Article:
development of appropriate policies at all levels. Consideration of potential unintended consequences of a new policy with respect to disaster resilience is also important.
(3) The nation does not currently have an overall vision or coordinating strategy for resilience. Recent work on homeland security and disaster reduction are good beginnings, but the current suite of policies, practices, and decisions affecting resilience are conducted on an ad hoc basis with little formal communication, coordination, or collaboration. In fact, some policies, decisions, and practices actually erode resilience. Implementation of PPD-8 will address some of these consistency and coordination issues.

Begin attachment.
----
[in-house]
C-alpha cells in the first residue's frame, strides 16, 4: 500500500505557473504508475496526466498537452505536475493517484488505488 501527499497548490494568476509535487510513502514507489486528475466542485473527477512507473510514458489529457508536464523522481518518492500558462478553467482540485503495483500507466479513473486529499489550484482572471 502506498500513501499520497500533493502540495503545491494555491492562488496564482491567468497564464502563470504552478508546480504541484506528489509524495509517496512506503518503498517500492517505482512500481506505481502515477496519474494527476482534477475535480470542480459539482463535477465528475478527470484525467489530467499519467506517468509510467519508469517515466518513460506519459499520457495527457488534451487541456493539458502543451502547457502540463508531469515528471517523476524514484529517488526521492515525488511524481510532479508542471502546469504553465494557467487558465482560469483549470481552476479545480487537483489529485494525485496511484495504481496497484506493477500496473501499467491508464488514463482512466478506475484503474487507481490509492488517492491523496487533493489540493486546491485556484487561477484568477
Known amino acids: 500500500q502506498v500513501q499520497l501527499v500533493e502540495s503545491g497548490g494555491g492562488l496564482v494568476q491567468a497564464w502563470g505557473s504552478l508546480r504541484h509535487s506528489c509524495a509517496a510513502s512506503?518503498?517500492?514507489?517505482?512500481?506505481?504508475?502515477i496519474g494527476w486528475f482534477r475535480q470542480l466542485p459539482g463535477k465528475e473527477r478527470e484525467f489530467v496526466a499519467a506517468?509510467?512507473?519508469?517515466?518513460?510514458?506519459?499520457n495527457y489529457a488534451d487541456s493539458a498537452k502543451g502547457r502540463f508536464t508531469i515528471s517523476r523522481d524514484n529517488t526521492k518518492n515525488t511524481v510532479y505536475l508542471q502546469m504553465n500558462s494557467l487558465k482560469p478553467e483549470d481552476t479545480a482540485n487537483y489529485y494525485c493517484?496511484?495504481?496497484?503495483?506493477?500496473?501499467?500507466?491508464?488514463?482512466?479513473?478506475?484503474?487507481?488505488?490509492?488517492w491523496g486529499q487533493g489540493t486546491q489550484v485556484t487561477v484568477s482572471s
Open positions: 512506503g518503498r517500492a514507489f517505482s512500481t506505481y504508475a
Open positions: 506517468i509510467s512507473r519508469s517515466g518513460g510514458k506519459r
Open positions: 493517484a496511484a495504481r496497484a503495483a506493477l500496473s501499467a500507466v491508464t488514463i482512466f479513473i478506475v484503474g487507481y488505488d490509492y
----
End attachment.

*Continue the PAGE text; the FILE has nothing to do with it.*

Recommendation: All federal agencies should ensure they are promoting and coordinating national resilience in their programs and policies. A resilience policy review and self-assessment within agencies and strong communication among agencies are keys to achieving this kind of coordination.
Such an assessment should reveal how each agency’s mission contributes to the resilience of the nation, and how its programs provide knowledge or guidance to state and local officials for advancing resilience. Finally, each federal agency should evaluate its interactions with state and local governments and with the public to evaluate the extent to which its resilience work is made available to those who need it.